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Five teams of top, young journalists set out from Myanmar's commercial hub of Yangon to better understand how the country is changing under a reform-minded government. Travel along with these 20 reporters — 11 Burmese and 9 American — as they journey the ancient Burma Road, through the country's capitals past and present, down the Irrawaddy Delta, onto Inle Lake and across Yangon itself at a critical time in the country's history.
How Myanmar is working to wriggle itself free from the "empire next door."
MUSE, Myanmar — The only land route from China to the Burmese heartland follows the old Burma Road and continues on to the British colonial capital of Mandalay.
On a map, the route south from here on the Chinese border to the Burmese town of Lashio looks fairly direct. But on the ground, slow-moving trucks packed with rice for the kitchens of China’s Yunnan Province and smuggled motorbikes bound for Yangon negotiate stunning mountain switchbacks. On one of the few navigable routes in and out of the country, it is as if these twists and turns record the competing pulls of the foreign powers tied up in its history.
It’s along this 717-mile route that the wave of Chinese goods, people, and money that has washed over Myanmar for the last two decades has poured in. And it’s this wave of capital that in recent years has convinced the country’s ruling generals to embark on a march toward constitutional democracy — part of their bid to engage the West and avoid becoming a vassal of Beijing. In short, democracy is a market play for the Burmese government and its generals as much as it is a quest for freedom for the pro-democracy movement embodied by the Nobel laureate Daw Aung San Suu Kyi.
For China, Burma offers precious natural resources, fertile land, and an outlet for the country’s exports and bulging population. For the United States, the country is an integral part of its “Look East” policy, which aims to strengthen ties in the region and contain the rising superpower of China.
Thant Myint-U, adviser to the newly elected President Thein Sein and author of the acclaimed book “Where India Meets China,” believes Burma is at a "critical moment in its history" and one in which it is destined to play a much more important role in global economic and political matters.
“China followed policies that created a very negative image in this country. If China had done things differently, it would be thought of differently.”~Thant Myint-U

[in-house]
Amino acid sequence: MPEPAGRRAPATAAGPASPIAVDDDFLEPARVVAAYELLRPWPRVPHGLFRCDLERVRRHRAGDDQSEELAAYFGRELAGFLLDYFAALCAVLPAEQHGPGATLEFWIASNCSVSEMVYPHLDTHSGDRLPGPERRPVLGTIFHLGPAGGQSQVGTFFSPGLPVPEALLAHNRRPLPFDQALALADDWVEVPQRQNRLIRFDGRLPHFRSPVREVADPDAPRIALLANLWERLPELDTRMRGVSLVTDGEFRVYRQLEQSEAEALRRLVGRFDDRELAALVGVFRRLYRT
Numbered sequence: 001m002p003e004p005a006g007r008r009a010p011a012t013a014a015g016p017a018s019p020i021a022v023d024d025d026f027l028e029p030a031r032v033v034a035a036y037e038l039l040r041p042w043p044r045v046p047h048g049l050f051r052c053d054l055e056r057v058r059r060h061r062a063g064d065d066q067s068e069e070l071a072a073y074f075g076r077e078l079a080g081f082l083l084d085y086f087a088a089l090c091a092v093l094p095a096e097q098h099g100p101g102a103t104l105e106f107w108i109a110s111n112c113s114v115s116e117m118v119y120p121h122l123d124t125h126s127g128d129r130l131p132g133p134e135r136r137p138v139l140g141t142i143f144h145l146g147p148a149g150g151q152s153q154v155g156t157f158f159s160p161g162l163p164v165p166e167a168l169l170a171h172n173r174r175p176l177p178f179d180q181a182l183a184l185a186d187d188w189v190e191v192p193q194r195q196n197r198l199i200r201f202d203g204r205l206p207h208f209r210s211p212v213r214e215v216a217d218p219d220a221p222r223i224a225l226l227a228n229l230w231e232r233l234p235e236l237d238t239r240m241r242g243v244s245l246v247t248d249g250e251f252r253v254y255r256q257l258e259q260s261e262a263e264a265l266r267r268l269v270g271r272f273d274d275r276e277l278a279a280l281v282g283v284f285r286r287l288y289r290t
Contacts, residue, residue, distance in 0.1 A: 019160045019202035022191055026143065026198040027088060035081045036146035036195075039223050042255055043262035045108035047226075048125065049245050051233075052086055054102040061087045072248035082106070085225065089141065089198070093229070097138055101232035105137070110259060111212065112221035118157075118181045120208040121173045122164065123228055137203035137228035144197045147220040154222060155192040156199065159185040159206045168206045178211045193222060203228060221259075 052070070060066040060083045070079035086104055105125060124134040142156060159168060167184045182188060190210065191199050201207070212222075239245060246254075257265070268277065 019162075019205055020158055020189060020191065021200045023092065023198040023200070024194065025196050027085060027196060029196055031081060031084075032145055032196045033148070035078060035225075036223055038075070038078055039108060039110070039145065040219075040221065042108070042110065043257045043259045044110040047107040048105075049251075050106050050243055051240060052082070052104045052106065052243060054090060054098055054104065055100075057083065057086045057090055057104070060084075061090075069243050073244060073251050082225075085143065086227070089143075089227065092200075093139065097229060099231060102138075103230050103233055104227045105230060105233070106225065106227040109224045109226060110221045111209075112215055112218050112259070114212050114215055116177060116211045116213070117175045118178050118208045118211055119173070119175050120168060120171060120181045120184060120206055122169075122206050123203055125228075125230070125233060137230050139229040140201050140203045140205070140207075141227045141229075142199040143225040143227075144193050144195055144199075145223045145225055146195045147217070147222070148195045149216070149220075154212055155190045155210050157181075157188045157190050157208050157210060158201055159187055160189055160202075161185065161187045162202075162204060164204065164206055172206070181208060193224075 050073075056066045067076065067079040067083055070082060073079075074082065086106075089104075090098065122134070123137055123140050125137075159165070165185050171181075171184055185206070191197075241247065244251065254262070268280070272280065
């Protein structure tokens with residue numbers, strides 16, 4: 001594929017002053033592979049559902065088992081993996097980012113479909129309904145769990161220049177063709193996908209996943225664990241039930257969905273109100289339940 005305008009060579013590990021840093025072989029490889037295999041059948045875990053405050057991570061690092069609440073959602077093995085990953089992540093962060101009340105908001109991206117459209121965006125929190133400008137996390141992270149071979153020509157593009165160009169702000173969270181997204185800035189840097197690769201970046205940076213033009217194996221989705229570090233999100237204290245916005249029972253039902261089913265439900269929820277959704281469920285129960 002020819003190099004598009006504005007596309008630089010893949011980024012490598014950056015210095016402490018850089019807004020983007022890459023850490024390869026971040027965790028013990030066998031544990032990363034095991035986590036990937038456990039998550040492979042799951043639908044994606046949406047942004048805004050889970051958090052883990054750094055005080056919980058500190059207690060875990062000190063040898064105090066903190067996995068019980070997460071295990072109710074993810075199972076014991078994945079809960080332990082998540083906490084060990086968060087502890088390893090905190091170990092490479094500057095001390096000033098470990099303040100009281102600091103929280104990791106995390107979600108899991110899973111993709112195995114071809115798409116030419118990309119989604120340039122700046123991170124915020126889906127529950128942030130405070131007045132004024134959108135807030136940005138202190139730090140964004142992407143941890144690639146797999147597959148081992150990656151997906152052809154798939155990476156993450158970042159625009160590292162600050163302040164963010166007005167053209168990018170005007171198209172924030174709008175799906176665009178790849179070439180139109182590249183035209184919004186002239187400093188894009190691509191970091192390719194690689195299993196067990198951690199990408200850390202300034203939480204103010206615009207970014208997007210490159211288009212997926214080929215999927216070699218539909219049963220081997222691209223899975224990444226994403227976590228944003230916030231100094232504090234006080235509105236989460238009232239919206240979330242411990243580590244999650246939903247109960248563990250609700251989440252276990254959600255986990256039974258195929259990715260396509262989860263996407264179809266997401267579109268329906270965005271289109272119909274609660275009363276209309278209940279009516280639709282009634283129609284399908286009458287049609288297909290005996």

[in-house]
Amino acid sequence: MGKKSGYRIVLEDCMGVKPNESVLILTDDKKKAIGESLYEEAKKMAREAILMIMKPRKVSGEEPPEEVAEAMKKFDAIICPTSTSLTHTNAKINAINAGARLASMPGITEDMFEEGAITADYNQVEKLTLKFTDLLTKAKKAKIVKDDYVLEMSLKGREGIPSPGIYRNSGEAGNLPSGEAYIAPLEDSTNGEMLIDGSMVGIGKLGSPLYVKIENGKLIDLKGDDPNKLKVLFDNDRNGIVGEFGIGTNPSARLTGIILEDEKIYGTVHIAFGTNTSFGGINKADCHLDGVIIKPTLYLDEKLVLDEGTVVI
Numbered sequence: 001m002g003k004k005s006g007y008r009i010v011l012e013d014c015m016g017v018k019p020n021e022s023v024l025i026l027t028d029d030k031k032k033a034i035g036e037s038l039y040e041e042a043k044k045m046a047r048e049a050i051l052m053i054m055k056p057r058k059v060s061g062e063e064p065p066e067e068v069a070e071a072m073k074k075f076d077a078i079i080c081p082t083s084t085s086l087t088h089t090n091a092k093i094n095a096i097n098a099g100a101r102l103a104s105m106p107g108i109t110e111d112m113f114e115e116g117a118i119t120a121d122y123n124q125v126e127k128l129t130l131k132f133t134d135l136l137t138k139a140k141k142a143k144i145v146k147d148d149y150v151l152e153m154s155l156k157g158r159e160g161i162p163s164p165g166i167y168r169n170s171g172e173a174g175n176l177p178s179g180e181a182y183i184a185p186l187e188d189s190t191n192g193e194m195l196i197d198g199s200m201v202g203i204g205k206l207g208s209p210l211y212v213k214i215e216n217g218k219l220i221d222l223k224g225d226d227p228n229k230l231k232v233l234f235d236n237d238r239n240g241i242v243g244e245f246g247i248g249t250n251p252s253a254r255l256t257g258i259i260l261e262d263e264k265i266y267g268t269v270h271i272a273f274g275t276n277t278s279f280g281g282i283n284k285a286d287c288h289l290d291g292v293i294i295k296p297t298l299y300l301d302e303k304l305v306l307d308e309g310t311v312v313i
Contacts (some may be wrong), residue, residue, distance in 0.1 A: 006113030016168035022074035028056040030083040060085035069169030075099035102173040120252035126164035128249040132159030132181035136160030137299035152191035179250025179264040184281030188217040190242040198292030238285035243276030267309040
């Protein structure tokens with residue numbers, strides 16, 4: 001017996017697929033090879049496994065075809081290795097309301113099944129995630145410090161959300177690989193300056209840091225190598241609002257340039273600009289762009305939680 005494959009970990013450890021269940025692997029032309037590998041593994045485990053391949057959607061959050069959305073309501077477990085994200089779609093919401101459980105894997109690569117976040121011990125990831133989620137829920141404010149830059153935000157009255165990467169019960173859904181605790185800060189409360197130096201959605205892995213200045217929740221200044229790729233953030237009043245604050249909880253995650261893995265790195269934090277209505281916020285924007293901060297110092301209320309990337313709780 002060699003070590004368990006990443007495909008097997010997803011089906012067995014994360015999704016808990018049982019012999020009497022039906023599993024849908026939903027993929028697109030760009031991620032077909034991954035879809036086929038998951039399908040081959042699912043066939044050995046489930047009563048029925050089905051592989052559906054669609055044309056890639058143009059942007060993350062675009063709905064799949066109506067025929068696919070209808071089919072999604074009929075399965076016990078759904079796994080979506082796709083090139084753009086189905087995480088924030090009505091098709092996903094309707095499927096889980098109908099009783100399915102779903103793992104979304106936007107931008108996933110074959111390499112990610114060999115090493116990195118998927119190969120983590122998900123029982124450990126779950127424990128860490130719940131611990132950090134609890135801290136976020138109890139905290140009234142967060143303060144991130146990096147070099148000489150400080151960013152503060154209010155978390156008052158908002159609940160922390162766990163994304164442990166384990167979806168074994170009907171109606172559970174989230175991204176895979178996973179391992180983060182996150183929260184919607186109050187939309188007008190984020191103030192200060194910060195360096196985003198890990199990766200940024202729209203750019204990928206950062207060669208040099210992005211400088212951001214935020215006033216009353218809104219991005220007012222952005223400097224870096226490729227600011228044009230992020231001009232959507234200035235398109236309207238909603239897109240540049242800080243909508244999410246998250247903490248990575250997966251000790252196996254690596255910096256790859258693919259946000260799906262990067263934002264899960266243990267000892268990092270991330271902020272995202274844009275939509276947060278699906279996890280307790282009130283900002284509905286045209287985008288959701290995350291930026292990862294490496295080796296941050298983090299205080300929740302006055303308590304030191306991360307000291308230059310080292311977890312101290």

And, he argues, nowhere is the evidence of China’s influence in this geopolitical equation more visible than along the Burma Road, where China is deeply invested in a hydroelectric dam and a natural gas pipeline and where its economic, cultural and political influence can be felt every mile of the way.
For most of time, Burma has stood apart from the rest of the world, separated first by geography then by a self-imposed isolationism that came with 60 years of military rule. With the world descending into World War II, the British and Americans built the road to supply Chiang Kai-shek’s nationalists against China’s Japanese occupiers. In 1942, Japan would seize Burma from the British and briefly occupy it, too. Later, Chinese nationalists would go on to use northern Burma as a base for harassing Mao’s Communist government for years.
Along the road today, Chinese domination achieved under Burma’s military dictatorship looks irreversible. But Western investors are eagerly eyeing one of the last frontier economies, and American icons like GE and Coke have already set up shop in Yangon.
As the country continues its fragile transition to democracy, the hearts and minds of the Burmese people will determine the balance of these powers’ competing interests. From Muse on the Chinese border to Mandalay in the heartland, Burmese up and down the road expressed a wariness of the empire next door. They expressed, too, a cautious hope that American engagement will help lift their long oppressed and poor country. The trucks keep coming from the East, but the Burmese people are looking West.
As Burmese analyst and author Thant Myint-U put it, for many years, “China followed policies that created a very negative image in this country. If China had done things differently, it would be thought of differently. But now Burma will have to think about what’s best for Burma going and try its best not to harbor emotions … It just needs to think clearly about the road ahead.”
Passing Over Their Heads
In Burma, even when the Chinese are out of sight, it is hard to put them out of mind. The Burmese are reminded every time the lights go out. In a country rich in energy resources, power outages are a fact of life, and the hum of generators is audible all along the road.
In part, that’s because Burma’s isolated rulers sold off the country’s